As a kid growing up in northern Indiana, there were basically three types of comedy albums (or, more accurately, cassette tapes) I listened to:
- the ones I could play while my dad was in the room (Bill Cosby, "Weird Al" Yankovic, Steven Wright)
- the ones I could play while my dad was in the room and shake my head in exaggerated I-Can't-Believe-He-Said-That disgust every time something "dirty" was talked about or the occasional f-bomb was dropped (Billy Crystal, Dennis Miller, Steve Martin)
- and there was Eddie Murphy and Robin Williams.
I remember listening to these tapes late at night when my parents thought I was asleep, my ear jammed against my cassette player's speaker with the volume set barely above zero, snickering silently and hitting "pause" every time the audience burst into laughter for fear that the crowd's loud response would drown out the sound of my mom or dad walking down the hall toward my room. I was raised to think that guys who talked like Eddie and Robin - guys who talked about the things that Eddie and Robin talked about - were bad people. People this Christian honor student should never have anything to do with. But like the secretly rebellious teenager I was, I continued to listen. And I continued to laugh.
Listening to Eddie Murphy got you into a secret club in my small Hoosier high school. All you had to do was say one of the many passwords: "ice cream," "psyche" or "put a little tiny man in your butt" and there was a sense of "Ah....you've heard it, too. Come along and join our Society Of Good Kids Who've Heard The Tape."
After listening to Daniel Tosh's new album Happy Thoughts, I couldn't help but be taken back to my junior high Covert Comedy-listening sessions and I smiled knowing this project will send "good kids" across America scrambling to pop in their headphones and, when asked what they're laughing at, force them to lie and say "Brian Regan." Just like my comedy heroes from the past, Tosh thrives in saying things he shouldn't. Yea, we shouldn't encourage the kid in Sunday School who sits in the back and makes sarcastic comments by laughing at his off-handed remarks, but when he's as funny as Daniel Tosh is, keeping a straight face is much easier said than done.
My expectations going in to Happy Thoughts were pretty high, I'll admit it. I'm a big fan of Tosh's past two releases as well as his TV show, Tosh.0. I tried not to get myself too hyped up about this new project, as I felt I was setting myself up for disappointment. I knew there was no way it could be as funny as I wished it would be.
I was wrong.
As high as my expectations were, Tosh blew them away.
Happy Thoughts was recorded in San Francisco. We're all aware of what San Fran is known for, and that's immediately where Tosh starts. From that point on, it's full speed ahead and Tosh isn't waiting around for you to catch up. He grabs the listener by the hand and takes you to a special place, a place where jokes make you go "Oohhhhhh" because you know we shouldn't be laughing at that. It's a place where Tosh doesn't give you time to recover from your "Oohhhhh" before he sucker-punches you in the gut with one tag after another, building a teetering Jenga tower of jokes, observations, and off-handed remarks that society and parents and teachers and PETA activists and news reporters and youth leaders and guidance counselors and our grandparents and Oprah and everyone else with a voice tells us we shouldn't laugh at, but we do anyhow. And then, with the manic glee of a child after too much Juicy Juice, Tosh takes both hands and swipes the Jenga blocks from the table with a triumphant, devilish laugh. Sometimes it's done by talking about the baby everyone wants to violate (AKA Pittkham) and sometimes all he has to do is reveal that the name of the joke you just laughed so hard at is "Hispanics Are Criminals."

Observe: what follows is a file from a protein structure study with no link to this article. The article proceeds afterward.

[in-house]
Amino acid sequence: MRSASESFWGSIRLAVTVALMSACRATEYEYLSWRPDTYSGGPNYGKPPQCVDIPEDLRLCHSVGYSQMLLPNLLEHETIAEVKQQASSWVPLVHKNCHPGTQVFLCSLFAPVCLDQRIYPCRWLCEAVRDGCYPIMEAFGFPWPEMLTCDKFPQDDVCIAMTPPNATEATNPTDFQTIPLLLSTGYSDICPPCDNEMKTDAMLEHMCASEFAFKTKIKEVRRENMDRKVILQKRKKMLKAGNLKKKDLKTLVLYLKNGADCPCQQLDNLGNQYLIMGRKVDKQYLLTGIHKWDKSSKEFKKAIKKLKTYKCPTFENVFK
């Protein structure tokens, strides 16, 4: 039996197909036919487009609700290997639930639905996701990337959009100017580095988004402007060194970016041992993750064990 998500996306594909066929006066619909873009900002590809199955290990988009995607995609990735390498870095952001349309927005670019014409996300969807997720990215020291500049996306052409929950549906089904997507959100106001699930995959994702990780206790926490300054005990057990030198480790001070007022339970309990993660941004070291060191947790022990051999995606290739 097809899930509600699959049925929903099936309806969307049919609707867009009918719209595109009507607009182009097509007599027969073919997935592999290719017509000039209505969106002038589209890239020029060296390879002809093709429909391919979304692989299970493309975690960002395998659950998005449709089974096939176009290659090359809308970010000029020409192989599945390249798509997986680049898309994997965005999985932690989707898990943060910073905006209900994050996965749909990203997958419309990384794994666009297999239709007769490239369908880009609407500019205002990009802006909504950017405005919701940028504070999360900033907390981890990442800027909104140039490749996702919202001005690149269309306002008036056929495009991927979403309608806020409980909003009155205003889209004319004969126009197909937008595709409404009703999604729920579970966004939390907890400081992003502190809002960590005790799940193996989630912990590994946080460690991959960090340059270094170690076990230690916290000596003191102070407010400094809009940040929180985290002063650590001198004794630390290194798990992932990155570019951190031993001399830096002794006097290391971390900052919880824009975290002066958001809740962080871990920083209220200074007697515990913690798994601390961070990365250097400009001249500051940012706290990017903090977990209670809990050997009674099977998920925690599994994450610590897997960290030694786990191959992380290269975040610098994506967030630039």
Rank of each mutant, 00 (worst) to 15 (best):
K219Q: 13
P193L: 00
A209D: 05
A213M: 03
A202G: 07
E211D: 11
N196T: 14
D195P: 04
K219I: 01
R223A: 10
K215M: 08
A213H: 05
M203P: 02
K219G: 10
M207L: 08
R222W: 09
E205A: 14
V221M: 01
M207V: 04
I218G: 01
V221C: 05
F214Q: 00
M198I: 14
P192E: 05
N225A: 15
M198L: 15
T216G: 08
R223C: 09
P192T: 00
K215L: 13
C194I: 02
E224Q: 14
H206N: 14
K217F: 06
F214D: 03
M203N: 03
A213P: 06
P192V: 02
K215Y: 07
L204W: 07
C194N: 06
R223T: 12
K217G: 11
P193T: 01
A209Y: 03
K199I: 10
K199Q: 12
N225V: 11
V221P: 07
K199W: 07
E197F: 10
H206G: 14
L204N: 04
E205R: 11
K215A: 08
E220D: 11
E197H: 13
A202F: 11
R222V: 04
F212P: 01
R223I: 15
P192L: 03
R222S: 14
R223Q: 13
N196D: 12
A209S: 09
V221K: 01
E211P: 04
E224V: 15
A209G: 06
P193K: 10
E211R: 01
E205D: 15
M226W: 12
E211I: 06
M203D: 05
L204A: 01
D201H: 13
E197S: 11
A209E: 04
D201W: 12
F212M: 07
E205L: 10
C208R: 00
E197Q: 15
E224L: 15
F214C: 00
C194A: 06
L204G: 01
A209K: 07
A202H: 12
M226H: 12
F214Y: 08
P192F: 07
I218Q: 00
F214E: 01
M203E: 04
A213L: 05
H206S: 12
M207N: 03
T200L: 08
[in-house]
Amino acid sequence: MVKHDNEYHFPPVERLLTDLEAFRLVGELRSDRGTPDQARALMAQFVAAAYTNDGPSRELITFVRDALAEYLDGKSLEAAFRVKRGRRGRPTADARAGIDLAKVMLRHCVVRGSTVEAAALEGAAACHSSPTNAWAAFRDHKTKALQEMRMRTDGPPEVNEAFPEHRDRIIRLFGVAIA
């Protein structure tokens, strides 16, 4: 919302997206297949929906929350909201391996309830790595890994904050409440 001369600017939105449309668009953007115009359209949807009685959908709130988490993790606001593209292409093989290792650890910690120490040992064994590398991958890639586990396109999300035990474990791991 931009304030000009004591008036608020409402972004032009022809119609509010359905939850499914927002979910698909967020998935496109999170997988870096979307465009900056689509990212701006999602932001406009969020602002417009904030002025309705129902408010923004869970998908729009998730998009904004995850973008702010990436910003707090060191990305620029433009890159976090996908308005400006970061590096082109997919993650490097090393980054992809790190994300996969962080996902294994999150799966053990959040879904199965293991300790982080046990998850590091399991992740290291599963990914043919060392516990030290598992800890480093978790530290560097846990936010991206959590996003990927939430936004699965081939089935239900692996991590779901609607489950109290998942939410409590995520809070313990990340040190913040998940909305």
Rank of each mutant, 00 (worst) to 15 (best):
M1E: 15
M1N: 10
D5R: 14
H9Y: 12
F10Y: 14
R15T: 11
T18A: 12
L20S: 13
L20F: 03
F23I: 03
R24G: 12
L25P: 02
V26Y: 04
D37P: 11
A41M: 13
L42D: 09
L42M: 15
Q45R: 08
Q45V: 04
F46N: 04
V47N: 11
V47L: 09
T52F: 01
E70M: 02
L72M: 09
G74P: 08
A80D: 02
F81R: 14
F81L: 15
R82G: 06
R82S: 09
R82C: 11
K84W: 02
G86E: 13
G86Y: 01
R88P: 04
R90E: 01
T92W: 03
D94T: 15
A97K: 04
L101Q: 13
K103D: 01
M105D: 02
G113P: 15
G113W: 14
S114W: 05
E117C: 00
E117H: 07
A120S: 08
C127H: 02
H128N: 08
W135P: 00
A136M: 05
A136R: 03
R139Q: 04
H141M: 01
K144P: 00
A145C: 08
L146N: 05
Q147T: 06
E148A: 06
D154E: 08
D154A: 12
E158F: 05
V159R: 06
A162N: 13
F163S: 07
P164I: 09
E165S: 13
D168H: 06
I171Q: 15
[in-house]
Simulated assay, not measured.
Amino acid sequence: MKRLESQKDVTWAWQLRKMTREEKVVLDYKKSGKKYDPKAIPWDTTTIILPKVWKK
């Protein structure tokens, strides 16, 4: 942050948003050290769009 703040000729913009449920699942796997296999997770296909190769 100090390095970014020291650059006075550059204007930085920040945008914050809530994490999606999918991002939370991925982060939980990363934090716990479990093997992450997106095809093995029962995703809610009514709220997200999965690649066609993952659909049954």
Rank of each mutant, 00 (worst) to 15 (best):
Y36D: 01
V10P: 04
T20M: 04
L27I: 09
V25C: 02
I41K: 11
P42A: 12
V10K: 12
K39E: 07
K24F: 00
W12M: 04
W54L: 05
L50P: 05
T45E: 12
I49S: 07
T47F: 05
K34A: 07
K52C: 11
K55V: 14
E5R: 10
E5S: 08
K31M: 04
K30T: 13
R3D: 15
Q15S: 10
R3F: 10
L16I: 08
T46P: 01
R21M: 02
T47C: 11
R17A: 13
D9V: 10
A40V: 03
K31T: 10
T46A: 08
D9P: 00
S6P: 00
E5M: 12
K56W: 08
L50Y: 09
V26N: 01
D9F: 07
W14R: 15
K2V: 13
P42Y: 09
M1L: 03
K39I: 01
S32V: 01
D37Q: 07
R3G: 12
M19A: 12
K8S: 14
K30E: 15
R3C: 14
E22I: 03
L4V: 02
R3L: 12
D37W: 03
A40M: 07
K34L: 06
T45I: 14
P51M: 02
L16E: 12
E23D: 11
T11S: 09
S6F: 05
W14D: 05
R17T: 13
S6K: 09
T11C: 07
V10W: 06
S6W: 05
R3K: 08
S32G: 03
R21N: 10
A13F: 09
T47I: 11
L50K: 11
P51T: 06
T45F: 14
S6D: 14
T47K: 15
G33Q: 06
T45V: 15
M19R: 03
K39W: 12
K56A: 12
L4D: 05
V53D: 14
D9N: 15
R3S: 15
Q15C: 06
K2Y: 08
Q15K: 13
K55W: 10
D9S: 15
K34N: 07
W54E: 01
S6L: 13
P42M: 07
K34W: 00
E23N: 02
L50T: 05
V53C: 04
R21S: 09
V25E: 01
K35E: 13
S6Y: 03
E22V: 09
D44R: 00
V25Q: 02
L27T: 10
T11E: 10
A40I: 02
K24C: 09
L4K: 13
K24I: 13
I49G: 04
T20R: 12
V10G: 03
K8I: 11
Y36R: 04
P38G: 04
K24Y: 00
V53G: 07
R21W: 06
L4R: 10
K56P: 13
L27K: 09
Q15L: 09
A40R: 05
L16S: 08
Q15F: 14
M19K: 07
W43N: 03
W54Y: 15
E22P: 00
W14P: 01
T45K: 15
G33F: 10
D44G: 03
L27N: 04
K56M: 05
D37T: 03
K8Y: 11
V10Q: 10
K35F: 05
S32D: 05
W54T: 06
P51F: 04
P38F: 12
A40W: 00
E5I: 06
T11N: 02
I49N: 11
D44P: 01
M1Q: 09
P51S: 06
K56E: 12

And then Tosh follows up your feigned disgust with disclaimers like : "Go ahead, dumb people, be offended by a joke that doesn't have a plausible premise" and "Hang in there, it gets worse." From there Tosh gives a friendly warning ("Heads up, Mormons, this joke's gonna sting") and we're off once again.
Tosh's musings don't just raise important social questions. He gives us answers.
- Why do we have the Winter Olympics? (So white people feel relevant in sports)
- What is the real message of The Blind Side? (Kidnapping can be profitable.)
- Did Chris Brown really beat up Rihanna or did she just get too close to him while he was dancing? (Not sure. Wasn't there.)
Whether it's wild fires, the Katrina disaster, Michael Phelps, rape whistles, being a bad test-taker or a kid being beheaded by the Batman ride at Six Flags (true story), Daniel Tosh has once again done just what we needed him to do. He looked at the information, processed it, and said, "How can I make this funny?"
It's been 25 years since I was that 15-year-old kid afraid that my parents would find out what I was listening to and I no longer feel the need to hide what's making me laugh under a bushel. That's right, mom and dad. I listened to Daniel Tosh's Happy Thoughts and it made me laugh. Out loud. I listened to it a lot, and I'm going to listen to it again.
There. I said it.
True, the fact that neither one of my parents read my blogs made it easier to say, but that's beside the point. I laughed, and you will, too. Whether or not you decide to tell your parents is up to you.